Performance of Kira O’Reilly

Legs high, pressed to the wall, the flat front of feet, the shins, the knees. Then thighs lead to pelvis, stomach, and chest on the floor. Spread fingers under shoulders, tight elbows. The cheek of the face resting on the ground is obscured by a wave of hair- wet with egg and dazzling in lurid green glitter.

The body mimicking but incongruous with the right angle where white wall meets the grey floor, covered in a massive matte grey spread of paper, taped down on all sides, delineating the space of the performance and the space of us, watching. Running a diagonal line across the marked-off area are five thin silver spoons with five silver bowls, overfull with that green glitter already in her hair. There is a spooned circle or semicircle of glitter reflecting perfectly in the underside of each bowl. Dotted around the space, laid out like a code, are a few dozen light brown eggs- arranged neatly and intentionally, in diagonals and small grids.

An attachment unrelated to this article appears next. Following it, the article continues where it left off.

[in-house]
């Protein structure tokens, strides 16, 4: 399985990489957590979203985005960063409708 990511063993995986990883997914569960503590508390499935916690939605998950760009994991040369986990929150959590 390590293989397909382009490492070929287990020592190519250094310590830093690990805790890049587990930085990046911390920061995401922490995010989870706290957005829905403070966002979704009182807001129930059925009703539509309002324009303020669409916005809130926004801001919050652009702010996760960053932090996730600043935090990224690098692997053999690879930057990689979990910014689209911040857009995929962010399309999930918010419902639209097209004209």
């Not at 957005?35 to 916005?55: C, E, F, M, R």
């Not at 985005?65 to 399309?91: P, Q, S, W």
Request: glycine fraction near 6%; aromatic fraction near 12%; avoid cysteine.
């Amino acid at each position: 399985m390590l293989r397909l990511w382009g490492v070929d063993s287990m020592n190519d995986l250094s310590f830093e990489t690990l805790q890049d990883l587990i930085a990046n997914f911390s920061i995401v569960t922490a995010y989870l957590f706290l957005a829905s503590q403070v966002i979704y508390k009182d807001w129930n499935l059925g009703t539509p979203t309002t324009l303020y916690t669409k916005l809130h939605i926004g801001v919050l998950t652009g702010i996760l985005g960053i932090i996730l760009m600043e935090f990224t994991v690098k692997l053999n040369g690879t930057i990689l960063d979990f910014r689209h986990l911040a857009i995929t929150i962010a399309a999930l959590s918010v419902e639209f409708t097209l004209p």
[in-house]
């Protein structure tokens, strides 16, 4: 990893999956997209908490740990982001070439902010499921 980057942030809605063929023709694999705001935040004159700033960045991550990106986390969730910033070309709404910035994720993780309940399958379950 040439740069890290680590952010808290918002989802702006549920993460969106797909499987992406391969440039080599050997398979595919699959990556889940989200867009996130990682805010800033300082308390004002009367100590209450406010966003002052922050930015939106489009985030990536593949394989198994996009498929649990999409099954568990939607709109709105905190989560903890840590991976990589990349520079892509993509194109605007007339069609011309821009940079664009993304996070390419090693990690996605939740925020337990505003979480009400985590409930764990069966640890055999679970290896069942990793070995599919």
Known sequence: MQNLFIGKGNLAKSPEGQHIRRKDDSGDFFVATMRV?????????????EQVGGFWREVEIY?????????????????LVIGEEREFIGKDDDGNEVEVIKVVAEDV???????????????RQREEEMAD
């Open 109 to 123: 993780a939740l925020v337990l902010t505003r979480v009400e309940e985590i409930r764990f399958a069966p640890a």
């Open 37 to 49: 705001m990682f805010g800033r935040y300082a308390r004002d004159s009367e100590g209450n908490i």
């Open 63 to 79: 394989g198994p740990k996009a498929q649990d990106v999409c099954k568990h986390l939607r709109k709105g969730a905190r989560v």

Still face down, in slow and controlled movements, she comes off the wall. Reaching stretching, opening, folding. Actions of deliberate falling. Reaching, drawing a line, discovering configurations. Holding, reaching, slow collapse. She picks up an egg, holding it out in presentation.
The space is incredibly quiet. As the door opens and closes the sound of the city comes and goes. Her breath is clear to us, rising over traffic and all the people out there.

Though we are just a few feet off the street, this space of performance is far removed. The air is reverent, we are attentive. The festival staff usher people in and out, the door opens and closes. The photographer’s shutter interjects occasionally. A sign on the door forbid photography, our cell phones are away.

She inserts the egg into her mouth. Hold. Stretch, suspend. She crushes the egg in her mouth and yolk and white leak around her chin and down her torso. She kicks her legs up on the wall again, an unnatural or infantile position.